Αναδημοσίευση από jadaliyya
Last September, sixteen-year-old Eman Mustafa was walking with a friend in the village of Arab Al Kablatin Assiut, when a man groped her breasts. She turned to face him and spat in his face. He shot her dead with an automatic rifle as a price for her bravery. Mustafa’s death was an eye-opener call to those who claim that sexual violence is an urban issue. Thanks to human rights organizations and activist groups, Eman’s killer was sentenced to life imprisonment in June 2013.
Violence against women across historical, cultural, and national divides continues to be a socially accepted practice, if not a norm. In the realms of both policy and social awareness, we have collectively failed to tackle this issue with serious rigor. As a result, we seem to be witnessing an increase in sexual violence and brutality.
In Egypt, sexual harassment is widespread and touches the lives of the majority of women whether on the streets, in public transportation, or at the work place, the super market, or political protests. It is true that sexual harassment still lacks a unified definition, but it is not difficult to identify unwelcome verbal or physical sexual violation. Many Egyptians, women included, are unclear as to what constitutes sexual harassment. Others sadly, do not think it is a problem. One thing is clear though, and that is the actions of the various governments of the last thirty years have been limited to statements of regret and unmet promises.
The word taharrush (harassment) is a relatively new term in the daily lexicon. Until recently, sexual harassment was referred to as mu‘aksa (flirtation). That term alone reveals the multiple layers of denial, misogyny, and violence Egyptians must confront in tackling sexual harassment. In addition to rape and physical assault we must equally tackle name-calling, groping, and the barraging of women with sexual invitations. All of these acts normalize violence and hatred against women and they must become socially unacceptable.
Even though, for example, Eman Mustafa was a veiled villager, one key argument in the victim-blaming that is salient in our everyday narratives is the common and vulgar perception that sexual harassment occurs when women dress “provocatively.” In fact, the only thing that Egyptians who face sexual harassment have in common is that over ninety-nine percent of them are females.
Over the last decade, Egyptians have been working intensively on spreading both social and legal awareness on sexual violence and harassment. In 2005, the Egyptian Center for Women’s rights launched its “Safe Streets for Everyone” initiative to combat sexual harassment. In 2008, more than sixteen human rights organizations and independent groups formed the “Task Force Against Sexual Violence.” In 2010, that Task Force released its own bill to amend Penal Code provisions on sexual violence. That year too, the volunteer-based initiative Harassmap established a free software method to receive anonymous SMS reporting that it would process into a mapping system. Harassmap’s mission was to render sexual harassment socially unacceptable.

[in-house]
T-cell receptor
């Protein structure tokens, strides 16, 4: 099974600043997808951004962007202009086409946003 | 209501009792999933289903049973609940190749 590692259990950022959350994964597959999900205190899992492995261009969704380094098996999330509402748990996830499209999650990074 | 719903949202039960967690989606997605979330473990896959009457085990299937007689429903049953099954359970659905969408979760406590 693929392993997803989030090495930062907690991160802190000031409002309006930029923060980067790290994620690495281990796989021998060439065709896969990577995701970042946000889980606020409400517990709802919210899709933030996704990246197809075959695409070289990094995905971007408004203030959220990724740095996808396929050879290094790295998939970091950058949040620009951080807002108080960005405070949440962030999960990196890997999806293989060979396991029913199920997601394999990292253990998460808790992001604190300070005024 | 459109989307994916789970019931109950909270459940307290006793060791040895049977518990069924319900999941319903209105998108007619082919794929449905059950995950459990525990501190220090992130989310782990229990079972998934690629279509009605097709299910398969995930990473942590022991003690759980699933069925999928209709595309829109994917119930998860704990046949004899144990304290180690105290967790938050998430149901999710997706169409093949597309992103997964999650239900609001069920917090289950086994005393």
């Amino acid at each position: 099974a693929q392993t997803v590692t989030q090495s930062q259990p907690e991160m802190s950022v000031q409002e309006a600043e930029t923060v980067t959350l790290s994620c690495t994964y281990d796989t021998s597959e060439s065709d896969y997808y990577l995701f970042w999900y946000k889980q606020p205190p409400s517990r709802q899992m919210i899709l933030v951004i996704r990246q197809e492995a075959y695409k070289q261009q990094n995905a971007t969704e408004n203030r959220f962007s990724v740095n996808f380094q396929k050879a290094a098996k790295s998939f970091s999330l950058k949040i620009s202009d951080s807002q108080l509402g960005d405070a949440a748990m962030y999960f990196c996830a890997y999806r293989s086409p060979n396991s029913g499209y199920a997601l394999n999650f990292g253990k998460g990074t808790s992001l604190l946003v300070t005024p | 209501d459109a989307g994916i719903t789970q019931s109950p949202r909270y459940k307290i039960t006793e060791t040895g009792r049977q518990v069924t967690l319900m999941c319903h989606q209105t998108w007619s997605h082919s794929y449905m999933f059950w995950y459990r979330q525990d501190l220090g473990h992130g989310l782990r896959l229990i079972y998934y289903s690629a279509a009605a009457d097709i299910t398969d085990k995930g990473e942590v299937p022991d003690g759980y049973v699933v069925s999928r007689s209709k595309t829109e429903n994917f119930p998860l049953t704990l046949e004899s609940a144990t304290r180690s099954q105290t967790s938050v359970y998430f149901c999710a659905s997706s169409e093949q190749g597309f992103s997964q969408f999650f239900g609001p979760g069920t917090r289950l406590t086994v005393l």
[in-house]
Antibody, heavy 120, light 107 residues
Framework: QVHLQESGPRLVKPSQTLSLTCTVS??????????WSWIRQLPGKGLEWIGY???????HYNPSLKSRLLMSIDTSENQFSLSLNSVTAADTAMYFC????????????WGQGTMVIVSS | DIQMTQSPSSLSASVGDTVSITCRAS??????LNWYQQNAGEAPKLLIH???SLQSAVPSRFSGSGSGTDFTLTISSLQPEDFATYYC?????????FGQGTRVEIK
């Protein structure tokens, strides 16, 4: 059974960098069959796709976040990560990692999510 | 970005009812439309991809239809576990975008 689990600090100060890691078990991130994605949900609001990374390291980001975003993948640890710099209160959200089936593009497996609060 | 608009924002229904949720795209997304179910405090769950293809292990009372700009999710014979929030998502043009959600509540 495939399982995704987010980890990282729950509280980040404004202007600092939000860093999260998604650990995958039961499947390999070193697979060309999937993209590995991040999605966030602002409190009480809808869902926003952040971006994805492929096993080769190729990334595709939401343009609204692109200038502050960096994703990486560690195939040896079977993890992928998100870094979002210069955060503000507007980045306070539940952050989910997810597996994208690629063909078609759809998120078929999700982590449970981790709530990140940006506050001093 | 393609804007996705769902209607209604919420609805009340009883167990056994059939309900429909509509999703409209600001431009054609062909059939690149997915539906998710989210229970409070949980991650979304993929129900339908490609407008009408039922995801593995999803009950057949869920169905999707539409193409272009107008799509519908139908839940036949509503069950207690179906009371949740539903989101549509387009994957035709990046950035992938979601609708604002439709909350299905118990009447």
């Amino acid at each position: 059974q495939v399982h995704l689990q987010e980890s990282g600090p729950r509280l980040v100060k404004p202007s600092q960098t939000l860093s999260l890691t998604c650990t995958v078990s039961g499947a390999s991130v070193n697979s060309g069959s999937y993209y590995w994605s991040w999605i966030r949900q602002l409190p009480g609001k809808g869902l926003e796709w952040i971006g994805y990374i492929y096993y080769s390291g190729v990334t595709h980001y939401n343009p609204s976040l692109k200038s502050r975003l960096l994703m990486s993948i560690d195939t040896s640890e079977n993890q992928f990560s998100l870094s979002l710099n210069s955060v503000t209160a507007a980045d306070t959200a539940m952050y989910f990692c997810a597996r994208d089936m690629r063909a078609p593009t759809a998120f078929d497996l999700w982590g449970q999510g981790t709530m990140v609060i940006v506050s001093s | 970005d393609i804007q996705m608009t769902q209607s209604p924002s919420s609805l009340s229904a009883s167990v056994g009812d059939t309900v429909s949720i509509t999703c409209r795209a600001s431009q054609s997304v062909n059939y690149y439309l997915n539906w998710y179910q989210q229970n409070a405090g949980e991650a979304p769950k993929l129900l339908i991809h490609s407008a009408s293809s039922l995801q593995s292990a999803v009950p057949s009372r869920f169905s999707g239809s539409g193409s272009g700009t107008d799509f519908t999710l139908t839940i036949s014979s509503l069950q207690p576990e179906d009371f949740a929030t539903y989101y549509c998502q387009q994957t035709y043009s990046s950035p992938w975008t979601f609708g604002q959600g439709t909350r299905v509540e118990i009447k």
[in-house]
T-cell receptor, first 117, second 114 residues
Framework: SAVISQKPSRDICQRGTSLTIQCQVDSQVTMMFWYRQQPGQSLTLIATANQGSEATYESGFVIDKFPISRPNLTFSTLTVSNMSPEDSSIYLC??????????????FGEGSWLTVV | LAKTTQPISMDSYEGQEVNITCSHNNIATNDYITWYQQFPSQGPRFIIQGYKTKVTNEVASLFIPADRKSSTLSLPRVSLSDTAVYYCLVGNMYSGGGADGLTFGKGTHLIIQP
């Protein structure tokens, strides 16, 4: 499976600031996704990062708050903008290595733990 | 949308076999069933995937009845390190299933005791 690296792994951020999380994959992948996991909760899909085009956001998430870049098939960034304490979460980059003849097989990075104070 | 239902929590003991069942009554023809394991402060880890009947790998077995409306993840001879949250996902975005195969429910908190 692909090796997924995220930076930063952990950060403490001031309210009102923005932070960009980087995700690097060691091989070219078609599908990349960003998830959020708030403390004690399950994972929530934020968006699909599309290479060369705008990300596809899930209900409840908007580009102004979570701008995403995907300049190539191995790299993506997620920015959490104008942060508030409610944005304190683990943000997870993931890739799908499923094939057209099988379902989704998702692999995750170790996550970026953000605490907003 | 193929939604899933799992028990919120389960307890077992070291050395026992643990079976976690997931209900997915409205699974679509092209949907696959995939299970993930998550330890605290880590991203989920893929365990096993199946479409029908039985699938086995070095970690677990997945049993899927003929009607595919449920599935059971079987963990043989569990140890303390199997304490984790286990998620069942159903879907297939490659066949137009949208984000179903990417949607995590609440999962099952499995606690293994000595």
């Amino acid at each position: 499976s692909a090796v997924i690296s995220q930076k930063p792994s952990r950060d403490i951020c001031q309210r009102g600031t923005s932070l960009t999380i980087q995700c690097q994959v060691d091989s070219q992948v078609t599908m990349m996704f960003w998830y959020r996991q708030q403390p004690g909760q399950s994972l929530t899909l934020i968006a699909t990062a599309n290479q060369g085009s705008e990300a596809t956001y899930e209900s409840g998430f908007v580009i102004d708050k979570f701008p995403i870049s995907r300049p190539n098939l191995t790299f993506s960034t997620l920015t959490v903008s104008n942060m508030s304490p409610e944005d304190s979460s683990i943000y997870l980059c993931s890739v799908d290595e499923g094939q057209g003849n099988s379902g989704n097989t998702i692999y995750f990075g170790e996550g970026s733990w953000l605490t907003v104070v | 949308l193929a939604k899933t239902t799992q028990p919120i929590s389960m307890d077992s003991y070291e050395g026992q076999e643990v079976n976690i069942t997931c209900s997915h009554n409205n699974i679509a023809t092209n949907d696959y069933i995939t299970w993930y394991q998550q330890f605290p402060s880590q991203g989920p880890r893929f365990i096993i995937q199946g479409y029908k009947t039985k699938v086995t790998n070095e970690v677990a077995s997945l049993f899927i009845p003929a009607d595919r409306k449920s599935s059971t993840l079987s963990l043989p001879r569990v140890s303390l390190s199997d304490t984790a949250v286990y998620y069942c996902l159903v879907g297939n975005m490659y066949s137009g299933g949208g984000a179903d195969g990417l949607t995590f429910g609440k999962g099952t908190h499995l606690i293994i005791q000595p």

Over the past two years, activists have formed many other independent movements and online groups that raise awareness, empower women to stand up against gender-based violence and speak out by sharing testimonies and ideas to combat sexual harassment, and in some cases, expose the perpetrators. After Eman Mustafa’s death last September, anti-sexual harassment protests were held at Assiut University to condemn the murder of a girl who fought for her bodily rights.
Women who have suffered from sexual harassment are usually reluctant to tell their stories, fearing reprisals and the dreaded label of the agitators. Nevertheless, if there is any noticeable progress in fighting sexual harassment in Egypt, it would be the rise in the number of women who are speaking up about their experiences and filing reports against their offenders. Another important development has been the formation of independent volunteer-based groups who fight sexual violence on the ground across the nation. In 2010, Harassmap received requests to expand their campaign to Alexandria, Daqahliya, and Minya. This year, Harassmap has expanded to sixteen governorates other than Cairo. With the help of more than 700 volunteers nationwide, Harassmap is reaching out to rural communities to end social acceptability of sexual harassment.
In June 2008, Noha al-Ostaz experienced a form of sexual violence on a Cairo street. She was confident that ignoring the behavior of the offender was ineffective. With the help of a friend and a bystander, Al-Ostaz managed to take the offender to a police station and file charges against him. Three months later, and for the first time in Egypt, the offender was sentenced to three years in prison on charges of sexual assault. Al-Ostaz paved the way for other women to stand up for their rights. Her action has encouraged several to pursue harassment charges against assailants.